No Bob. I'm still waffling over a lift or a firearm. I had another spotted I would have bought as it was about $1200 less expensive. I offered, he declined and as it was so unusual I thought I'd play the long game and let it set on his rack for a couple months. Darn thing sold the next day.....lol! Maybe glad I didn't spring for either. A/C went out yesterday and it's old enough the whole system has to be replaced.

Are you going to the gun show in Doolittle Saturday? A friend from Canada and I will be there.

Roman, are you talking about a Browning? My wife shot a 20 bore, Browning O/U Superlight(?), is that right? I'm not much on shotguns either. It was a pretty decent shotgun and easy for her to handle.

Edit: Here's that one I thought I would end up with. IIRC his asking price was $895.00. I should have just bought it. Interesting Tesching rifle in an equally interesting "Rook & Rabbit", or "Garden Gun" kind of cartridge. I looked it up in Donnely's and brass is easily formed from 357 cases. As the groove of these rifles almost always slug at .257-.258 rather that .264 it makes one wonder if it wasn't the inspiration for the supposedly new 5.7 X 28. There is truly nothing new under the sun.

Pre WW1 Cristoph Funk Single Shot "Tesching" Rifle chambered in 6.5x27R ** Beautiful & Scarce!! ** for sale (gunsinternational.com)
 
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That's right, hers was a Citori. It's been so long ago I forgot. After a couple rounds of shooting clay birds in the pasture and one bird hunt there was no further interest so I traded it for something....what I have no idea.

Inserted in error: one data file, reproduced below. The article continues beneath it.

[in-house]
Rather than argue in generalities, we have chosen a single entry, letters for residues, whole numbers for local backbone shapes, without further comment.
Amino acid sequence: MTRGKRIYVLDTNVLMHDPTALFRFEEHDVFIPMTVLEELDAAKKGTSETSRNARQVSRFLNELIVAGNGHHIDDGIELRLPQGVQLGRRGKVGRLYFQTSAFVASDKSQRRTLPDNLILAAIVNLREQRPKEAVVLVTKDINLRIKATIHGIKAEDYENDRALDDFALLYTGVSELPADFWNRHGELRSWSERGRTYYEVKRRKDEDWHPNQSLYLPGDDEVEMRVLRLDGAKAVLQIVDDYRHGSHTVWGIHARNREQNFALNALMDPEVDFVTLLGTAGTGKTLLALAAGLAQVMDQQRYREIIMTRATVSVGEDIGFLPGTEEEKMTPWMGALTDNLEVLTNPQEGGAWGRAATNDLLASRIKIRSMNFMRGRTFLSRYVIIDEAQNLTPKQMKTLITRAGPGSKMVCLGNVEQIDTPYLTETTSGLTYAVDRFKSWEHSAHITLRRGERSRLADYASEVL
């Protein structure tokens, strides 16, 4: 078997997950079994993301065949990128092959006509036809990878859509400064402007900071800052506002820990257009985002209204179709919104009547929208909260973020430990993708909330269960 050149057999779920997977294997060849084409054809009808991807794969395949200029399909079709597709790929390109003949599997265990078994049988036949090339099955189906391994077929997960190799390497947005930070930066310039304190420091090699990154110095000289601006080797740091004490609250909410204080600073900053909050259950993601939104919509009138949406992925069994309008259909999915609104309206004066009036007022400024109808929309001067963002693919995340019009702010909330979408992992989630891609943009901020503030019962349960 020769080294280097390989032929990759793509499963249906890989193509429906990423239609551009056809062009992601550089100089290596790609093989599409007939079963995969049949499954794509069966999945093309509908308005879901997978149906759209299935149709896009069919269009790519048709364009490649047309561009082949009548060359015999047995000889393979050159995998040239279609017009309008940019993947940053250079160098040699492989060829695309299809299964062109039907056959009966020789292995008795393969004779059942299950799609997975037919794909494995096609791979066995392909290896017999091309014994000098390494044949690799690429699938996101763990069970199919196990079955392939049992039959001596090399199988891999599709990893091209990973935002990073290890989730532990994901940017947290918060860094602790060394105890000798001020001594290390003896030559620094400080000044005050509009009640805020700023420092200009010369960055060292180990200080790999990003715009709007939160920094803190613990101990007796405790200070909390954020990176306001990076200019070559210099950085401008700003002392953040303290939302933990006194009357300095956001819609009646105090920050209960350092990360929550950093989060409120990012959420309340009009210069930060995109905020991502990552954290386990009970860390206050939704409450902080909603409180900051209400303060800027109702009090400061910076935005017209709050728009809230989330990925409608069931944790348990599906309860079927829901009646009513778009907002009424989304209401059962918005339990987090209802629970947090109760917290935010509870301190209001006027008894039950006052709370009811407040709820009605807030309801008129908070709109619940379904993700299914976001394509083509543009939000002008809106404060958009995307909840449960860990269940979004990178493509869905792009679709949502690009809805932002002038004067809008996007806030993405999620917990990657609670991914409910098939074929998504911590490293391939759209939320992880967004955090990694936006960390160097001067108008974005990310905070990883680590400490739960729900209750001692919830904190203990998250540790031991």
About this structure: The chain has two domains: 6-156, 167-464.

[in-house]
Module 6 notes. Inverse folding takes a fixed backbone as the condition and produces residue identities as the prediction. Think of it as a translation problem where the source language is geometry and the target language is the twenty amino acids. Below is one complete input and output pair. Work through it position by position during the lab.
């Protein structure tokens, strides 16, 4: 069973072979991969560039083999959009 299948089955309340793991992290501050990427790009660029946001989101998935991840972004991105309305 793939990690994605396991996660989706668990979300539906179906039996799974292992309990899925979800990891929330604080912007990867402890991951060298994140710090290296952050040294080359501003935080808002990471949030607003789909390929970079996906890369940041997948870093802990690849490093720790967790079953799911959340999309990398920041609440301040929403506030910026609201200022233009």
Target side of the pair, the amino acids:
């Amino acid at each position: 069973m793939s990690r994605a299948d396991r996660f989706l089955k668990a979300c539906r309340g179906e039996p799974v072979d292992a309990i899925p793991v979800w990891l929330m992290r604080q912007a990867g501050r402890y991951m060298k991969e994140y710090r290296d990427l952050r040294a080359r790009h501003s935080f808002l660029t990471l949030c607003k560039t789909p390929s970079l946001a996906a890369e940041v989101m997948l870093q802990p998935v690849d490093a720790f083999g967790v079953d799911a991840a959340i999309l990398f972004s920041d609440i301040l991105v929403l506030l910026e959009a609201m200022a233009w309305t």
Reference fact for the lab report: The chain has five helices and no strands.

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Sharps: Some day (hopefully in the long distant future) you are going to make your heirs very happy... or a gun museum. You have quite the collection of really cool firearms.
Thank you manitou. I had to look back and see which one that was. I didn't get it as it had been sold. I told the seller if the buyer returned it I'd like a chance at it. Evidently the buyer liked it.....and I can't imagine why.

I did pick up a Husqvarna 1640 in 6.5 Swede recently. Matter of fact I'll hunt with it today. Not nearly so interesting as the Telch but, I have been laying in ambush for a Husky in 6.5 Swede for a few years. Turns out it's a shooter as well! 'Course, the three Husky's I have are all shooters so I shouldn't be surprised.

Edit: Hmmm.. I looked at that GI listing and usually they say "this item has been sold." It doesn't say that about the Telch. I sent the seller a message to see if it has been returned. Curious about this one.
 

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Well, it turns out the Telch was never actually sold. I e-mailed the seller and he told me he'd put the gun back for a guy who never returned. The seller says he's had a low ball offer that was turned down. Apparently he has the gun on consignment is his shop in Washington state. Gonna have to play this one carefully as I've shot my wad on firearm purchases this year....and a 30K+ addition to the detached shop.....which didn't amount to much of an addition!!!!